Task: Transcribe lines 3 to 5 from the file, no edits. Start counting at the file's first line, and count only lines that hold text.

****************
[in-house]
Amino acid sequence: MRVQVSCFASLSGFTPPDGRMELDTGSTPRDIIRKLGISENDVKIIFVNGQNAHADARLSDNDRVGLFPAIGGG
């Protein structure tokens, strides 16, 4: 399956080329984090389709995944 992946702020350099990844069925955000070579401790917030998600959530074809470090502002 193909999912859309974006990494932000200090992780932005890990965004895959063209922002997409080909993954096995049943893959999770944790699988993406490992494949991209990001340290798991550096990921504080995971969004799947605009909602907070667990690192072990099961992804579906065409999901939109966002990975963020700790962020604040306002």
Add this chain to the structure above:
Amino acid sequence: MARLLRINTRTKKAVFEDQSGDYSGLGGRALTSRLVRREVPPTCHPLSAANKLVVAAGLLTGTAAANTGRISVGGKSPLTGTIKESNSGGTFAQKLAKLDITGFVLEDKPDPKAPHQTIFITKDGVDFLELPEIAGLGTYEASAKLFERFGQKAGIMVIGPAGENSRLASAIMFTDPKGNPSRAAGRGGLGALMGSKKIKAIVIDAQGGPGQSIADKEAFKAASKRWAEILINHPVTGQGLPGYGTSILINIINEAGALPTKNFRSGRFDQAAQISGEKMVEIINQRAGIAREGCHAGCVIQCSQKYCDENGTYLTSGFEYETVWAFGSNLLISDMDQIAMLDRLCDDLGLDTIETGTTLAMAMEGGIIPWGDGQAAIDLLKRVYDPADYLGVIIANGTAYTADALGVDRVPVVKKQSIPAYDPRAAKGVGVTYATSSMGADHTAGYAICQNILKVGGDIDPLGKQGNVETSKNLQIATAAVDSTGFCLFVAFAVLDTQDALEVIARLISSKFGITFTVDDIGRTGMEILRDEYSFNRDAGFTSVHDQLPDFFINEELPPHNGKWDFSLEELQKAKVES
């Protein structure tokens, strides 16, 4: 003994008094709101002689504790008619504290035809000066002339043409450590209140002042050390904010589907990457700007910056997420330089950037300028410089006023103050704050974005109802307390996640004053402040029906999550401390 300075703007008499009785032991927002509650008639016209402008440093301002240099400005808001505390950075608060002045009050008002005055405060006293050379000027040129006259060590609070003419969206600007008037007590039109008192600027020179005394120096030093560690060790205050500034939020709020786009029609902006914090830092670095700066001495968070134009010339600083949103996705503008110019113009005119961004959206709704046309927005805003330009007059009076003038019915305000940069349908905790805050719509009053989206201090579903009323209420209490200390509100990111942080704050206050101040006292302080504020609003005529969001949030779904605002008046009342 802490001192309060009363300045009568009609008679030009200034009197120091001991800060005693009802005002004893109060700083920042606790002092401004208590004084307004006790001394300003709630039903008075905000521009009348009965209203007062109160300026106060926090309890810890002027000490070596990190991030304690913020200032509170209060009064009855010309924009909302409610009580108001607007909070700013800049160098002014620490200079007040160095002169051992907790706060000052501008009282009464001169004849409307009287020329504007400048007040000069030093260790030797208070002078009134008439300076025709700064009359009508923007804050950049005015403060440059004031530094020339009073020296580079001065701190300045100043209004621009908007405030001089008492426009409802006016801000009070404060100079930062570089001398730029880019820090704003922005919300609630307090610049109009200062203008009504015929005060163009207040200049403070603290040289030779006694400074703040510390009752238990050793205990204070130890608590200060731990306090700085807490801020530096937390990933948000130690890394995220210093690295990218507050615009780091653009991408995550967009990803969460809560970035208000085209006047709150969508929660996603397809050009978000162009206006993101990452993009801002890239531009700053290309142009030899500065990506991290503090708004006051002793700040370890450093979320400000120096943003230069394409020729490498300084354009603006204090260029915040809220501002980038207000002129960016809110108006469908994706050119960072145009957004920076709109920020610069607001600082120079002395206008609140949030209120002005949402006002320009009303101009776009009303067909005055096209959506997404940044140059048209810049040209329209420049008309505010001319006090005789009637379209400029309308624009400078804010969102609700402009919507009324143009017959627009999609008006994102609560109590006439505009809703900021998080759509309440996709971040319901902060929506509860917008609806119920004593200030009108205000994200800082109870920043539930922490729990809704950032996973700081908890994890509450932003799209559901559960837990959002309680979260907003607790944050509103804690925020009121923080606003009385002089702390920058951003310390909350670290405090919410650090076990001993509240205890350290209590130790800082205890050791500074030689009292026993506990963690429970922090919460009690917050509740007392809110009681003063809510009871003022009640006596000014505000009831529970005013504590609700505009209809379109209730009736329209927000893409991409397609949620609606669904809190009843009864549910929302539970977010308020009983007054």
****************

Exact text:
């Protein structure tokens, strides 16, 4: 399956080329984090389709995944 992946702020350099990844069925955000070579401790917030998600959530074809470090502002 193909999912859309974006990494932000200090992780932005890990965004895959063209922002997409080909993954096995049943893959999770944790699988993406490992494949991209990001340290798991550096990921504080995971969004799947605009909602907070667990690192072990099961992804579906065409999901939109966002990975963020700790962020604040306002």
Add this chain to the structure above:
Amino acid sequence: MARLLRINTRTKKAVFEDQSGDYSGLGGRALTSRLVRREVPPTCHPLSAANKLVVAAGLLTGTAAANTGRISVGGKSPLTGTIKESNSGGTFAQKLAKLDITGFVLEDKPDPKAPHQTIFITKDGVDFLELPEIAGLGTYEASAKLFERFGQKAGIMVIGPAGENSRLASAIMFTDPKGNPSRAAGRGGLGALMGSKKIKAIVIDAQGGPGQSIADKEAFKAASKRWAEILINHPVTGQGLPGYGTSILINIINEAGALPTKNFRSGRFDQAAQISGEKMVEIINQRAGIAREGCHAGCVIQCSQKYCDENGTYLTSGFEYETVWAFGSNLLISDMDQIAMLDRLCDDLGLDTIETGTTLAMAMEGGIIPWGDGQAAIDLLKRVYDPADYLGVIIANGTAYTADALGVDRVPVVKKQSIPAYDPRAAKGVGVTYATSSMGADHTAGYAICQNILKVGGDIDPLGKQGNVETSKNLQIATAAVDSTGFCLFVAFAVLDTQDALEVIARLISSKFGITFTVDDIGRTGMEILRDEYSFNRDAGFTSVHDQLPDFFINEELPPHNGKWDFSLEELQKAKVES